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Velvafae Eleonor Sutton 1914-1924


Posted By: Merllene Andre Bendixen (email)
Date: 2/29/2012 at 19:14:16

Mourns Death of Their Ten Year Old Daugher
The ten year old daughter of Mr. and Mrs. Frank Sutton of Montgomery, Iowa, passed away at the home of her parents last Saturday morning. Her death was caused by diabetes. Mrs. Sutton is the daughter of Mr. and Mrs. Nels Anderson of this city, and is well known to Estherville people. Mr. Sutton is the son of Rev. and Mrs. Sutton, formerly of this city. Funeral service were held Tuesday at the Sutton home in Montgomery. Mr. and Mrs. Wesley Sutton and family, Mr. and Mrs. Nels Anderson and Henry Anderson, all of this city, motored over to Montgomery to be present at the funeral. (Estherville Democrat, Esherville, IA, October 29, 1924)

VelvaFae Sutton Called to Her Reward
Passed Away at Home of Her Parents of Montgomery on Saturday Afternoon
(From Spirit Lake Beacon)
Although not unexpected the community was no less saddened to hear that Velvafae Sutton had gone to her reward shortly after noon on Saturday, October 25th.

She had been a brave and patient sufferer for nearly one and one half years. Everything known to learned and experienced minds was done to relieve her and to restore her health but when all failed God took her to live with him where she is free from pain and suffering.

Velvafae took a great interest in her Sunday School work. She was enrolled on the Cradle Roll and continued to attend regularly as long as her health would permit.

By her cheerful and unselfish disposition she made friends everywhere. To know her was to love her. Her main joy was to make others happy, especially was she thoughtful of her father and mother. She will be sorely missed by her playmates, her Sunday School class, friends and relatives, but most of all in the home.

Velvafae Eleanor Sutton was born March 15th, 1914 and died October 25, 1924 at her home near Montgomery, Iowa, where she had spent her entire life.

She leaves her father and mother, and many relatives and friends. A brother preceded her in infancy.

A few days before she died she wrote these lines for her mother:

Two little hands to work for God,
Two little feet to run errands for God,
Two little ears to hear about God,
Two little eyes to read and look for God,
One little tongue to teach others of God.

Funeral services were held at the Montgomery church Tuesday afternoon at 2:30 p.m. Four schools in Montgomery and vicinity closing for the services. Dr. C.L. Fillebrown, pastor, officiating, taking for his text Matt. 19:14, “Suffer little children and forbid them not to come unto me for of such is the Kingdom of Heaven.” Mrs. Garfield Lindquist, her former music teacher, sang several beautiful selections among which was a favorite of Velvafae’s “Jewels.” Interment was in Lakeview cemetery [per cemetery records, East Side, Estherville, IA]. Six little girls, Ruby Cunningham, Bernice Keck, Katherine Watkins, Alfreda Brown, Orpal Whaley, and Josephine Alberts acted as flower girls. Genevieve Whaley, Pearl Cunningham, Ada Snively, Alva Peterson, AnnaVodraska, Marie Martinson acted as pall bearers.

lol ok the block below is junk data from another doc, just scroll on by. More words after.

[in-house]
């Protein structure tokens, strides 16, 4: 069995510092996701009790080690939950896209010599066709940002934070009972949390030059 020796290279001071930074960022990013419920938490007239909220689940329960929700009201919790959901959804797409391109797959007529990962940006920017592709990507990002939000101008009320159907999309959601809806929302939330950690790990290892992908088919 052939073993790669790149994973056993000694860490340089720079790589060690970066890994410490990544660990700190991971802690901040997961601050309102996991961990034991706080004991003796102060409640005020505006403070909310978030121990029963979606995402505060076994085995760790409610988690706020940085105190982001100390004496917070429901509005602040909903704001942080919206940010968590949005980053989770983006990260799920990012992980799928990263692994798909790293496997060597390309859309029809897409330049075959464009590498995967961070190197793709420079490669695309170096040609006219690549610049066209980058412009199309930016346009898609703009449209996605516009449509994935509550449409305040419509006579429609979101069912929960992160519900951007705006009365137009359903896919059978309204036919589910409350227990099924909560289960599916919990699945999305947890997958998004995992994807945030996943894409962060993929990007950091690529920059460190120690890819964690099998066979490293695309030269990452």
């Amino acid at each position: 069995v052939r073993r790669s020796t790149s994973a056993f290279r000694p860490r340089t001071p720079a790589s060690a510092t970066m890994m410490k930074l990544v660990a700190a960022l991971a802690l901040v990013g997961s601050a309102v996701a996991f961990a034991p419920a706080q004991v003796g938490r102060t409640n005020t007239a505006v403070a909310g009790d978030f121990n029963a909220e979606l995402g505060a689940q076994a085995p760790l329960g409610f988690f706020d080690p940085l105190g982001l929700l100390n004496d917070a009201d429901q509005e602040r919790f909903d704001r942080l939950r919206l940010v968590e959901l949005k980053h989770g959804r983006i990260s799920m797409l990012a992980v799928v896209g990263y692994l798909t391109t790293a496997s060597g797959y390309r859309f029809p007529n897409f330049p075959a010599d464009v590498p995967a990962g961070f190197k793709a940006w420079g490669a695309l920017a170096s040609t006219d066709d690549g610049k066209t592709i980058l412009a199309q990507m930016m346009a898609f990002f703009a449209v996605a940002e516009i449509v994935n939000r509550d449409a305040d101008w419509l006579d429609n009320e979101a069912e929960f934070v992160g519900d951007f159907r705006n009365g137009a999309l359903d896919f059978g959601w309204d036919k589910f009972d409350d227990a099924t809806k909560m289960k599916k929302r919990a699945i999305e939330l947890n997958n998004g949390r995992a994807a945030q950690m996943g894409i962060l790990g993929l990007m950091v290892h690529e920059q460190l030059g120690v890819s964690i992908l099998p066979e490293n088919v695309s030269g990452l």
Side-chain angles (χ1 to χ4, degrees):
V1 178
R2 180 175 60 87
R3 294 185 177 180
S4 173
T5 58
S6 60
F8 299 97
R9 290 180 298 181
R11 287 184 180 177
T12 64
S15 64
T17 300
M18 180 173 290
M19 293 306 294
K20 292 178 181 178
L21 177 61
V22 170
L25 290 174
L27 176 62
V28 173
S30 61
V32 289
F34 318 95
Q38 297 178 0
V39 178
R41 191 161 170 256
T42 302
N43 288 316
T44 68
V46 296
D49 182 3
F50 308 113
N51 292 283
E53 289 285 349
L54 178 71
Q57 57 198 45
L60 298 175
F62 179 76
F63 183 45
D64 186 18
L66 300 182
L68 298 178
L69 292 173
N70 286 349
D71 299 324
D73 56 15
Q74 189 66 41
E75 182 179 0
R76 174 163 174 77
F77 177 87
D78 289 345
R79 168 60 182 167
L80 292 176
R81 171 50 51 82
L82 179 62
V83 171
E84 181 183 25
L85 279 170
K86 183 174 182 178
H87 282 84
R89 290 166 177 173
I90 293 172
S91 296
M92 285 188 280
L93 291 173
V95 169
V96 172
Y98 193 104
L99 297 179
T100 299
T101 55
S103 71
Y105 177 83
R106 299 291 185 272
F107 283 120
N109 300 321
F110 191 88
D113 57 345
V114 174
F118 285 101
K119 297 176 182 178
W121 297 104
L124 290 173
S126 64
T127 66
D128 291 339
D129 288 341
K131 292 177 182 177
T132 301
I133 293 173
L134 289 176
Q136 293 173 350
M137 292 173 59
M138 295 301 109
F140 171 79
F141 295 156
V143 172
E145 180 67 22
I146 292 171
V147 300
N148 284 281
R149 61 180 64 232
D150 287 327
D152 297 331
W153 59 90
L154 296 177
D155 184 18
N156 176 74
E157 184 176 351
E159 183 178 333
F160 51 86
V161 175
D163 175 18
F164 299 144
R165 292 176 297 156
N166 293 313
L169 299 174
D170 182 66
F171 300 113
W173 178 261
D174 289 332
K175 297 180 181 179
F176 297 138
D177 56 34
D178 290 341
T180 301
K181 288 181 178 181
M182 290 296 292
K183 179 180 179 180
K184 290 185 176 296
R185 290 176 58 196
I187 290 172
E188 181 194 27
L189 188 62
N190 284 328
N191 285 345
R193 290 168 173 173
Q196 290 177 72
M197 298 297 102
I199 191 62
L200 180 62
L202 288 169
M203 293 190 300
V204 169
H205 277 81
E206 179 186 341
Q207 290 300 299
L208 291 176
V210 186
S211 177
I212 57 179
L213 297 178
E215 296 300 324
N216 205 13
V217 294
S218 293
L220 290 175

Those out of town in attendance at the funeral were Mr. and Mrs. Nels Anderson, grandparents; Mr. and Mrs. Wesley Sutton and son, Mr. and Mrs. Wm. Anderson and daughter, Henry Anderson, besides a large number of other relatives and friends from Estherville, Mr. and Mrs. Leo Swanson of Whittemore, Iowa, Mrs. J.W. Deck of Winnebago, Minn., Mr. and Mr. P.T. Holland, Mr. and Mrs. G. Jensen and Lewis Ledahl of Lake Preston, S.D., Mr. and Mrs. George Deck of Truman, Minn., Ralph Deck, of Minneapolis, Minn., Mr. and Mrs. Earl Armstrong of Lakefield, Minn.

These few lines were written by a friend:
“Dear ones, grieve not, this little one is safe with God above. Sorrow and suffering for her are o’er. She rests in Jesus love, she’s with the angels over there. Safe on the other side and gladly will she welcome you when comes the eventide. She was a golden sunbeam, you’ll miss her from the home but think of her in that fair land, where some day you will roam and when he hour of sunset comes and you have crossed the tide, how gladly will she greet you, then across death’s river tide.” ( Vindicator and Republican, Estherville, IA, November 5, 1924)


Emmet Obituaries maintained by Lynn Diemer-Mathews.
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